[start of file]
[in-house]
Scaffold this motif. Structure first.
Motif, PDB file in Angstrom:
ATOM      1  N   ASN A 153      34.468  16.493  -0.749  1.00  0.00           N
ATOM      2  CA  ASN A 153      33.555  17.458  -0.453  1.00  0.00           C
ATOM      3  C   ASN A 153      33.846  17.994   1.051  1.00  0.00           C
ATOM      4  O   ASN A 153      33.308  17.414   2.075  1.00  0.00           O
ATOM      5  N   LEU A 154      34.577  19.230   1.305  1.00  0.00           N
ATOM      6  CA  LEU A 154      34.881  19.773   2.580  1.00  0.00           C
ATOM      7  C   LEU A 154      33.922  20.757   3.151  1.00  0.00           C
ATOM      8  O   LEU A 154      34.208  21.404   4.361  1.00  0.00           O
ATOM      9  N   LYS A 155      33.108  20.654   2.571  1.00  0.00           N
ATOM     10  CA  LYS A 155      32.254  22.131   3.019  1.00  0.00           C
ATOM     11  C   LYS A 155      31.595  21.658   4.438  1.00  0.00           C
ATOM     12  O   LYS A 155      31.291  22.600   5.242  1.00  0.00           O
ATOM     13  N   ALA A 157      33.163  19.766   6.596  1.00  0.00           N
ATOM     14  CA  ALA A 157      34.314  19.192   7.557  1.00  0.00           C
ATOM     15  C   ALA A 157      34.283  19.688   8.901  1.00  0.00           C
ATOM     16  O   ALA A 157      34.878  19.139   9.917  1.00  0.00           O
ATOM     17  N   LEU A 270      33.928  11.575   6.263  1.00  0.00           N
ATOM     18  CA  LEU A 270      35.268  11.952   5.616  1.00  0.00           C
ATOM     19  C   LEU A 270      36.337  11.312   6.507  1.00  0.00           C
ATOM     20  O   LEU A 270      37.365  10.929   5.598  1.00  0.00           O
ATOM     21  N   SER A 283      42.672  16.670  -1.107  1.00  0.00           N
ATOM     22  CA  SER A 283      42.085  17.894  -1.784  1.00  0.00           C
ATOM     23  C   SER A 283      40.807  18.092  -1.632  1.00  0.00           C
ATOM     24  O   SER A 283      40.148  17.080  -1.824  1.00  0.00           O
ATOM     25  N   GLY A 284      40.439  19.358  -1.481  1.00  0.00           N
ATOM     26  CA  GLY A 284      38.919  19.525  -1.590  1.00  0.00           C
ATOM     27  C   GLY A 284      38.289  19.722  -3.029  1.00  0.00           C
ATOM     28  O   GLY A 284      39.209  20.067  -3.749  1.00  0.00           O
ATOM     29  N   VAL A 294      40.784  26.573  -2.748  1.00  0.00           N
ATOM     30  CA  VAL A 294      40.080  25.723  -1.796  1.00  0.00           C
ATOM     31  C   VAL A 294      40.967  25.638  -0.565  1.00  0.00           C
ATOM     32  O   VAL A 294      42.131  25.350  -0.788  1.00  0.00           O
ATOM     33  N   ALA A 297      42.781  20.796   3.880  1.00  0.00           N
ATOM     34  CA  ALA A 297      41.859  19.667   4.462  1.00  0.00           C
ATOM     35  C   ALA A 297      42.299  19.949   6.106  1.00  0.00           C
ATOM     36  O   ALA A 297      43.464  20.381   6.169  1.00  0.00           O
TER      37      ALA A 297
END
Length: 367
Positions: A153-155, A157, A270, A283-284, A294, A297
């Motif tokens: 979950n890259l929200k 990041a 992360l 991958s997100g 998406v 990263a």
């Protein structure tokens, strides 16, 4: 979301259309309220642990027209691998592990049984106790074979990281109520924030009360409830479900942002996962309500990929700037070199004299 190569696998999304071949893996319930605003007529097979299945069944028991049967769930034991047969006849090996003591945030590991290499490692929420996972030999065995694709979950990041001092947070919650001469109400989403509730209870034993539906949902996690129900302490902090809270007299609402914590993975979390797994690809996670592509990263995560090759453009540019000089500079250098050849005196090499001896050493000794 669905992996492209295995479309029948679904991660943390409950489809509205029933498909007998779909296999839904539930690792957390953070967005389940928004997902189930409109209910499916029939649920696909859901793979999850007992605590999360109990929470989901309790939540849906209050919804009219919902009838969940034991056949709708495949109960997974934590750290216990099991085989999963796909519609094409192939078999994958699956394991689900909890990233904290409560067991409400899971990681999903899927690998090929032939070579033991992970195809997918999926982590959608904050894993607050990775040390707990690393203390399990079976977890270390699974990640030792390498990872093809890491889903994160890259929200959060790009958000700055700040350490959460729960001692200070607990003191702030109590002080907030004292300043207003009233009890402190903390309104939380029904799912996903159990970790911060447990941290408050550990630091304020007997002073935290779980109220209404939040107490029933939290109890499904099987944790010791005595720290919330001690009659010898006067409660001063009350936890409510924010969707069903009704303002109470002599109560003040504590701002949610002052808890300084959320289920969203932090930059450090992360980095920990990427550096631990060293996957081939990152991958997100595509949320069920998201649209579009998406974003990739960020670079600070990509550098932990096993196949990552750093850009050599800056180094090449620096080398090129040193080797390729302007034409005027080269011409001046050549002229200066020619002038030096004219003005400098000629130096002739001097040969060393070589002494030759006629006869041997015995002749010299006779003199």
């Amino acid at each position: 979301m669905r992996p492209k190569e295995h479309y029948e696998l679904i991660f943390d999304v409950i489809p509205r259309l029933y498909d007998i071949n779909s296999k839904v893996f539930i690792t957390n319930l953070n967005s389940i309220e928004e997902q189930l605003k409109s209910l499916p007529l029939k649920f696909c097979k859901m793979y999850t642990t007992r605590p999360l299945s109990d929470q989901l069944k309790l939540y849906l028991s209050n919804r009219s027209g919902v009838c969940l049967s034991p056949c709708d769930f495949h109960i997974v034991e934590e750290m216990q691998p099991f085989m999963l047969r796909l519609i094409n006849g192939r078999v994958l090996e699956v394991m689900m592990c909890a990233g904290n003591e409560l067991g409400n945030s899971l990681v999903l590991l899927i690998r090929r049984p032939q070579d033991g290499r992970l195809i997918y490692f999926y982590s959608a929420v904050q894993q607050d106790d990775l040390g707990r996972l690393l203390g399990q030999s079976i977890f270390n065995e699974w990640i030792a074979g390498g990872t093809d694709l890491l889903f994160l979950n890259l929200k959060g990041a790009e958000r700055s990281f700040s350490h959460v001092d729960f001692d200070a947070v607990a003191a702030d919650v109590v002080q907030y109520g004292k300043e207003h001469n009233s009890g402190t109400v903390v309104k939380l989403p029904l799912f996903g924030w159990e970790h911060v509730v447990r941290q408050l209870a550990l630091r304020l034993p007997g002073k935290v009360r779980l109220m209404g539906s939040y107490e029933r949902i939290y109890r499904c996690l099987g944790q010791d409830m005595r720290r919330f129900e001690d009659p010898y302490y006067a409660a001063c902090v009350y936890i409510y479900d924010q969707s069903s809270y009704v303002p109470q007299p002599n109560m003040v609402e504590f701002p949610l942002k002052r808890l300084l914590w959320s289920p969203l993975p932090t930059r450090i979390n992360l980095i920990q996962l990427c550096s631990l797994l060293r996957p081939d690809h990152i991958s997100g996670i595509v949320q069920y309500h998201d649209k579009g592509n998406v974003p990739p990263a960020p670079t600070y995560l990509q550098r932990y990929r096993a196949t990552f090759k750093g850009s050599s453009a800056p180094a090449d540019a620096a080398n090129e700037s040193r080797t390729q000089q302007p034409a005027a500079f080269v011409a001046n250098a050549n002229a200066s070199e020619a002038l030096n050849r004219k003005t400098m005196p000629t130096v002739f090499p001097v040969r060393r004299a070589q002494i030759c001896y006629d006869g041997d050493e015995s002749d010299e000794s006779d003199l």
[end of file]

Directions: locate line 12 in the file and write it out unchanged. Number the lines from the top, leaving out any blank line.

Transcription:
ATOM      9  N   LYS A 155      33.108  20.654   2.571  1.00  0.00           N